What I Learned This Week: #184

Monday, February 22- Sunday, February 28

The Week in First/Fake Spring: The cold snap and snowy weather broke this week with a couple a very temperate days and a good dose of sunshine. Some of the best days of winter are when, suddenly, it doesn’t feel like winter. Everyone knows it is a temporary respite, but it a good chance to blow the winter stink off ya. Winter is still here for 6 more weeks, and in Cincinnati last freeze is May 7. My coats and gloves are still at the ready, but the windows are open.

Of course, spring weather meant a lot of people who hadn’t been out in a while made an appearance into the public sector. Findlay Market was extremely busy. The bars and street traffic downtown were very busy. The pandemic may not be done with us, but it appears a plurality is done with the pandemic. Still no dancing or live music, but mingling and mushing together is back for an awful lot of people. Luckily, an awful lot of people are still waiting it out. We’ll see.

The Week in Filled Dough – Spring Pastry Edition: While I wait for Easter’s hot cross buns, this week I bought Purim’s pastry, Hamantaschen. Purim is a spring Jewish holiday that I’m not even in the mood to look up, but I know it takes place in the town of Haman. The pinched corner triangle cookies are traditionally filled with apricot, plum, prune, or poppy seed jam. I was pleased that the young baker at Allez, making her first ever batch of Hamantaschen used Nutella as a filling. I gotta say, the gentile version is winner.

Spring dough! (Raspberry is pictured.)

The Week in Filled Dough – The Empanada Edition: On Saturday I was invited to a friend’s house to join her family for dinner. That is a rare treat in the Covid Era. I was in charge of an appetizer and was super pleased to see the Empanda Guy at Findlay Market because I knew the savory turnovers would be a great appetizer. The owner has been working with Findlay Kitchens for a year or so with the dream of getting his own restaurant. Since the empanada are delicious but the name of company is the not catchy Empanadas Box, I think he could use some marketing savvy.

I don’t mind standing in line waiting to purchase them because I love watching the owner’s heartfelt sales pitch. He explains what empanadas are, where you can find them around the world, and that his are Argentinian, where his family is from…though he is quick to point out that he’s from Miami.

I bought the sampler box and it was a big hit. Heck, I might even get invited back.

Oh, the Empanadas you will eta!

The Week in Going Big: I do not go out to eat or drink very often in the Covid Era, but on quiet weekday nights, every couple weeks or so I’ll meet someone for a drink or a quick meal. This week I went to Horse and Barrel because my friend wanted to try some different bourbons. They had several interesting ones on the menu, and a couple off menu selections that were lined up on a special shelf behind the bar. I picked the one I wanted. It was $25 for a 1 oz. pour. In non-Covid life I may have switched to something less expensive. In Covid life, with my entertainment budget severely in the black, I went for it. Rhetoric Bourbon Orphan Barrel turned out to be a treat. Very smooth, with oak and clove notes. Bottle of it are reselling for $400. This is not something I’m likely to have again.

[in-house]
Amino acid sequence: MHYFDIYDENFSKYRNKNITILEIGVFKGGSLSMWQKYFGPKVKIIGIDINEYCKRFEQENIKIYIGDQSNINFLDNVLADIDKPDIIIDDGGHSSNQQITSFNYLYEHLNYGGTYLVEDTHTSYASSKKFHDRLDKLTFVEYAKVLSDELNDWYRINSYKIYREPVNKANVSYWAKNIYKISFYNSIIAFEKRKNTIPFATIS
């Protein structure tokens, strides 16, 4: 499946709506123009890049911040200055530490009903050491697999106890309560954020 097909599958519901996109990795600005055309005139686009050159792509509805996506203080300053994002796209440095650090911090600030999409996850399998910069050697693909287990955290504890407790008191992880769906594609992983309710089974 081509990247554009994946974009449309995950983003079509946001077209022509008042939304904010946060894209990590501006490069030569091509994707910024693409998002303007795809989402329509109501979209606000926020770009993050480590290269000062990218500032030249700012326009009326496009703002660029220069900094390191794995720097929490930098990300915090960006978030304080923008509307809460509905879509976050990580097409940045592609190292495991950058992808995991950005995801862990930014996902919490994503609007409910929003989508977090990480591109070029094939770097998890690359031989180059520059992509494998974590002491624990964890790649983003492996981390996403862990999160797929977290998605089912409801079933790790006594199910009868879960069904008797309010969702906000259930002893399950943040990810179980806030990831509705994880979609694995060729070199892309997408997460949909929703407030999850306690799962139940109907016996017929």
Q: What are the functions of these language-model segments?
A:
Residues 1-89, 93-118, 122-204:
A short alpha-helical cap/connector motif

Hit me with your best shot.

The Week in Feelin’ It: Walking around downtown I get asked for money all the time. Sometimes a person just asks for money simply by asking if I have some. Often, there’s a small backstory, as in can you spare some change for the homeless/a veteran or they want to buy bus fare, or a cup of coffee, or even a beer. Sometimes the stories go on for a couple minutes. Either way, for the most part, I don’t think anyone wants to be out on the street begging for change. I tend not to care if their stories are true or false. If I have a buck or two to spare, I’ll help out.

This week a woman and her dog stopped me with a long story of losing her job in Dayton because of Covid. Now she was back in Cincinnati but she was homeless and she needed 40 bucks to stay in a room for the night. She offered up a pair of cheap sunglasses and a cheap looking bracelet to barter. The story , though sad, didn’t quite ring true, though what do I know. I know this. People’s lives can get really messy and I would have given her a buck or two but I didn’t have any money at hand. For my own safety, I was not going to dig into my bag and open my wallet. For whatever reason though, I did feel bad about not giving her some money and I was surprised about the regret I felt. I only give money to a small percentage of people who ask but I hardly ever feel bad about it.

Several years ago I was a bar late, just before closing time. My friends and I were in the pool room at Arlin’s and the place was busy and raucous. A young woman walked in, close to tears, and started working her way through the room telling quite a story of her boyfriend leaving her in Clifton and how she thought she would need $60 to get back to her home in Indiana. She probably told about 10 people, none of who believed her, and none of whom gave her money. She got more and more desperate in the telling. Then Tony opened up his wallet and handed her the money. We were all stunned and wary even as she tearfully hugged him. She left the bar and we watched through the window as she got into a waiting car.

As you can imagine, the crowd went nuts calling Tony a sucker. He turned on the whole bar and said forcefully, “I did the right thing. She did the wrong thing.” We all shut up. And that’s what I was thinking about when I didn’t open my wallet for the (maybe) homeless lady with the dog.

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